And considering the representative nature of the gameplay, you can say the same about mass dispell abilities

Quote:
Lol, thanks. I was honestly laughing at what amounts to "let's consider the reality of this fictional situation".

Sometimes I just have to take a step back & laugh at all this.
Fiction has to be grounded in reality. Otherwise there is really no point for posting in about lore.
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  #159  
Old 03-10-2015, 11:35 AM
Melorandor Melorandor is offline

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Originally Posted by SmokeBlader View Post
What about Icecrown? It's Azeroth's Mordor.
Even the name Dragonblight sounds ominous. The mightiest of all beings crafted by Titans lay in ruin under a desolate frozen hell roamed forever by undead hordes. Even do the Dragonblight is one giant Dragon graveyard, the most eerie thing about Dragonblight in my opinion is the ruined Titan road that runs through the zone, claimed by the Undead scourge.

Like how Grimtale put it. The zone makes you feel underwhelmed by the Scourge although contrary to popular opinion.
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  #160  
Old 03-10-2015, 11:50 AM
MisterCrow MisterCrow is offline

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Originally Posted by TerrorhoofMayo View Post
Fiction has to be grounded in reality. Otherwise there is really no point for posting in about lore.
The problem is this: grounding a fantasy story in reality isn't the same as allowing the constraints of reality to dictate the constraints of the fantasy world. If you insist on that, then it's not really a fantasy story anymore.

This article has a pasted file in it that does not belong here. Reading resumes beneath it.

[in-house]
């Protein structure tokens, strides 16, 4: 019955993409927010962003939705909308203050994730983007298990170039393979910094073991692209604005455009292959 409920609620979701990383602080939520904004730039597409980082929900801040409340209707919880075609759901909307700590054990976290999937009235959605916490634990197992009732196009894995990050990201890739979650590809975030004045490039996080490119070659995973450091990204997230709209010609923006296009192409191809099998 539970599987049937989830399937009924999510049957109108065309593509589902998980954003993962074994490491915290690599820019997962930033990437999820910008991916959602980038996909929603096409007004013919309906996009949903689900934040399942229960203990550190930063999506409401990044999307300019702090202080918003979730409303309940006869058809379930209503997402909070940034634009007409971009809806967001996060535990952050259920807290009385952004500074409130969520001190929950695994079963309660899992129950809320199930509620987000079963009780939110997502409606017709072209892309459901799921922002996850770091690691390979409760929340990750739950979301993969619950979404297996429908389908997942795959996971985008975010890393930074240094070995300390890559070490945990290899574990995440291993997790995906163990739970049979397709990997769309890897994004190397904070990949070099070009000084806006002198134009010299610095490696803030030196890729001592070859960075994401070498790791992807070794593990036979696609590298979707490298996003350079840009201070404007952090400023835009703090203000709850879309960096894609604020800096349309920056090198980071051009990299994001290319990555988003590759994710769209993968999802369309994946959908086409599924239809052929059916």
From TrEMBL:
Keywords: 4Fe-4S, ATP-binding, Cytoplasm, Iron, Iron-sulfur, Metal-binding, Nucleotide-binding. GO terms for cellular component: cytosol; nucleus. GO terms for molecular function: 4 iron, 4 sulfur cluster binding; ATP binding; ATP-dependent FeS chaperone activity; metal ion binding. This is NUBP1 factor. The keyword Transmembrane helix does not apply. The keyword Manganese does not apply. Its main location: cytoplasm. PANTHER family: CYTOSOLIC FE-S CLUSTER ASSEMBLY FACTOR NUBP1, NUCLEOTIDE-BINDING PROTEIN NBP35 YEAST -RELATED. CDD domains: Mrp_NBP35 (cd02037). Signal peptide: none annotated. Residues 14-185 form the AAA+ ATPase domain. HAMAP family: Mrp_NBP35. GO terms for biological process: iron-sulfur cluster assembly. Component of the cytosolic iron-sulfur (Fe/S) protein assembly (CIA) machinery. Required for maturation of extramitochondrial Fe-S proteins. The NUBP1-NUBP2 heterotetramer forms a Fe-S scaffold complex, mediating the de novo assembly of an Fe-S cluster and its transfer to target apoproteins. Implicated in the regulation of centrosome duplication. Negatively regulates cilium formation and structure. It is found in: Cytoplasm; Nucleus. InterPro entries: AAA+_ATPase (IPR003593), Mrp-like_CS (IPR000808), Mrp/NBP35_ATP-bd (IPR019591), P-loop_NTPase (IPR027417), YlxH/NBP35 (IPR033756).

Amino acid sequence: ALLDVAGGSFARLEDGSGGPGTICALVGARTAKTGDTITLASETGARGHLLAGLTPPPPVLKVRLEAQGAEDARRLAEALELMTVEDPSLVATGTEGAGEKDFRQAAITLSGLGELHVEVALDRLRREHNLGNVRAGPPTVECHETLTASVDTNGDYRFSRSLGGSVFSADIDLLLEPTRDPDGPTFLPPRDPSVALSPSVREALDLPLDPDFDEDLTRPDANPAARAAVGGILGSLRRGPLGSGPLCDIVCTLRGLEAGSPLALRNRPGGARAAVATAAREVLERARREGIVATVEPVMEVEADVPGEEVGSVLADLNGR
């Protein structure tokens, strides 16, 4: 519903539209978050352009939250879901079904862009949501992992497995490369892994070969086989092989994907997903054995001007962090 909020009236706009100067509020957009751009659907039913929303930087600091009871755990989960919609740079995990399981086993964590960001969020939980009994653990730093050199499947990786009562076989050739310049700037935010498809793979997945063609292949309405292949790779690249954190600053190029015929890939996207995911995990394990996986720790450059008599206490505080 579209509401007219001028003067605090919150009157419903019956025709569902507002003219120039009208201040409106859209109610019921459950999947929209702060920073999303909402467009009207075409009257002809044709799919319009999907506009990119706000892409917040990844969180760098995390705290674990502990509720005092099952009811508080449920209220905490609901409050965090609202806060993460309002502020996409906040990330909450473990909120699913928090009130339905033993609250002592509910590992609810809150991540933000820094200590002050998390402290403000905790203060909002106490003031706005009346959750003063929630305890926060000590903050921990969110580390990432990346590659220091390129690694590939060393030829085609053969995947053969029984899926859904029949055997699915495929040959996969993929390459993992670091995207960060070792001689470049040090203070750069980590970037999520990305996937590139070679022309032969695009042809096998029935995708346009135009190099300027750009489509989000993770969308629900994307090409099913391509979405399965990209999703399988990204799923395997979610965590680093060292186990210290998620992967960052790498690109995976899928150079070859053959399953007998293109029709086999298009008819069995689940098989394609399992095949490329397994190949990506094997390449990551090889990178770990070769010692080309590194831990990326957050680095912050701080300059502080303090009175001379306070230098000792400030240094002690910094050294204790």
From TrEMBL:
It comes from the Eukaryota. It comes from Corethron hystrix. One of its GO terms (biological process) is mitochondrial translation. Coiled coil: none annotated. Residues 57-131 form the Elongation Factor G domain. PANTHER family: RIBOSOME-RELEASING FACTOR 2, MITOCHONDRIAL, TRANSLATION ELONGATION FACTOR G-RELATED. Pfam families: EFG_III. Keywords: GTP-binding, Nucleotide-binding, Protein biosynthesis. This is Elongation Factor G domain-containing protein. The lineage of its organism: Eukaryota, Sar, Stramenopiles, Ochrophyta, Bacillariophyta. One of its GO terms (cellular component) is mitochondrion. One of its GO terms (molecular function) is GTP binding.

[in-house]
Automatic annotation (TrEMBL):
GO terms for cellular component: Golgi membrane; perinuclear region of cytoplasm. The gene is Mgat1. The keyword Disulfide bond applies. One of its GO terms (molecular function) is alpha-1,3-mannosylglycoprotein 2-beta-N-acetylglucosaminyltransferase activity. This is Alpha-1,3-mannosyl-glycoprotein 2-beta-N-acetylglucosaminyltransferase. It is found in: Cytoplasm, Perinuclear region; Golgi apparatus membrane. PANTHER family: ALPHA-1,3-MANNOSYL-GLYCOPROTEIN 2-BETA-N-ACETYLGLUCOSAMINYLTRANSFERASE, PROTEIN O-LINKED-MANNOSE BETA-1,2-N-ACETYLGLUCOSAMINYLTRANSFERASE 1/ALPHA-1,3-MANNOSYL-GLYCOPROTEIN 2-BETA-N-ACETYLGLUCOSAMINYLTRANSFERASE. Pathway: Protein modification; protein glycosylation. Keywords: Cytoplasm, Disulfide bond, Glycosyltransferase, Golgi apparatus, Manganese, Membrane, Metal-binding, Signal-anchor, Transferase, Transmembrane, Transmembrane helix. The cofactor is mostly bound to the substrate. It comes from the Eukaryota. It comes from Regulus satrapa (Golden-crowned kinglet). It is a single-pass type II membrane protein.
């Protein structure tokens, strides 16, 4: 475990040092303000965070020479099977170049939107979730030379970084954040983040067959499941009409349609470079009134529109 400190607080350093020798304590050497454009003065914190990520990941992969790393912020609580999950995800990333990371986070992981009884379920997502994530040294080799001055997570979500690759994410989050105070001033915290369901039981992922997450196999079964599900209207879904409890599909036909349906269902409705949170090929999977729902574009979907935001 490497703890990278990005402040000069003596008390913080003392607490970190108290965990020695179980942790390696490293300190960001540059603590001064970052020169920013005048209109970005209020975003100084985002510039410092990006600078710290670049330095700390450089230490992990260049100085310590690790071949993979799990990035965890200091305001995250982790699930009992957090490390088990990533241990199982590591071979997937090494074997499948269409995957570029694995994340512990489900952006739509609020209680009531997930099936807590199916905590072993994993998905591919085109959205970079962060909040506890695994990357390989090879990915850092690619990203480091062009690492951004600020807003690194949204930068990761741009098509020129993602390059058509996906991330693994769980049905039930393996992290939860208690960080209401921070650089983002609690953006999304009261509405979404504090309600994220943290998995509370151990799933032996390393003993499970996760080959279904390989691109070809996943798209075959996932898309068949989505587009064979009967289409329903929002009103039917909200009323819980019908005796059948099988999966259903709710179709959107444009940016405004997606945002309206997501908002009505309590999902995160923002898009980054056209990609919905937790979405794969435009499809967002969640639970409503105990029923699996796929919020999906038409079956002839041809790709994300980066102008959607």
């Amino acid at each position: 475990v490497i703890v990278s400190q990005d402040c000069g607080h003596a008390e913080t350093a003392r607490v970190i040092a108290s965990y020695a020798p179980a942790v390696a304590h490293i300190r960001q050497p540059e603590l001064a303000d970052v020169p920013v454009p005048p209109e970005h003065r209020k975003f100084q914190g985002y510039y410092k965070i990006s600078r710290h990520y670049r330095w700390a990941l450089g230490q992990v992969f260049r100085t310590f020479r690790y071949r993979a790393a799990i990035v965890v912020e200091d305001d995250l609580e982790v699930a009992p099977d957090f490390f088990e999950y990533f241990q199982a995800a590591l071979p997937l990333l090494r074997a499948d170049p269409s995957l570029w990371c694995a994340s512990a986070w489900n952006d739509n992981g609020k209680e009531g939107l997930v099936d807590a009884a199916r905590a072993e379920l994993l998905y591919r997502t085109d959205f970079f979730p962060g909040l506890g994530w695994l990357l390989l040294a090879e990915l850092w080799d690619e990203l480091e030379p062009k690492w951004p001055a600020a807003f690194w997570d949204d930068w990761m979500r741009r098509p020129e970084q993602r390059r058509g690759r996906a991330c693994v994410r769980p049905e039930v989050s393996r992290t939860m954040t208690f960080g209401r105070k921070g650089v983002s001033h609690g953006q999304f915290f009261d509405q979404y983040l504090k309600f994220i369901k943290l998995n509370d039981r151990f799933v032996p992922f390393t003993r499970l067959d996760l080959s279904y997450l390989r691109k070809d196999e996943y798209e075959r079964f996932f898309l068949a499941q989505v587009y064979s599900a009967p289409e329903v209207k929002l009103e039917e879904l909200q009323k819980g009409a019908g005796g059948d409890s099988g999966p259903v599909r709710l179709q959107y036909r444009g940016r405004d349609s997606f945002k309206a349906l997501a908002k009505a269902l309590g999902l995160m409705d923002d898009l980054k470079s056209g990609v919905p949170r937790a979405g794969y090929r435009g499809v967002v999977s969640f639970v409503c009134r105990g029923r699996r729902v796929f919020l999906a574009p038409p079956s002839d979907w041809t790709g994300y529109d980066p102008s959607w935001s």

Arguing earnestly about how long a corpse raised by necromantic magics would last on the warpath essentially requires you to throw a lot of reality out the window, because necromancy isn't real, and Blizzard (at the very least) hasn't invested a lot of effort in going into that level of detail.

It's akin to asking if the Thing from the Fantastic Four has a made out of orange rock and how it functions. Marvel as a studio and the writers of FF don't really have an overwhelming reason to answer that question, so stories don't address it, because the Thing's involvement in the comics has to do with punching/throwing things and talking about Yancy Street.

Bottom line: there is such a thing as too much reality.
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  #161  
Old 03-10-2015, 11:52 AM
ijffdrie ijffdrie is offline

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Originally Posted by MisterCrow View Post
It's akin to asking if the Thing from the Fantastic Four has a made out of orange rock and how it functions. Marvel as a studio and the writers of FF don't really have an overwhelming reason to answer that question, so stories don't address it, because the Thing's involvement in the comics has to do with punching/throwing things and talking about Yancy Street.
Second fantastic four movie referenced it, I think.
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  #162  
Old 03-10-2015, 11:57 AM
TerrorhoofMayo TerrorhoofMayo is offline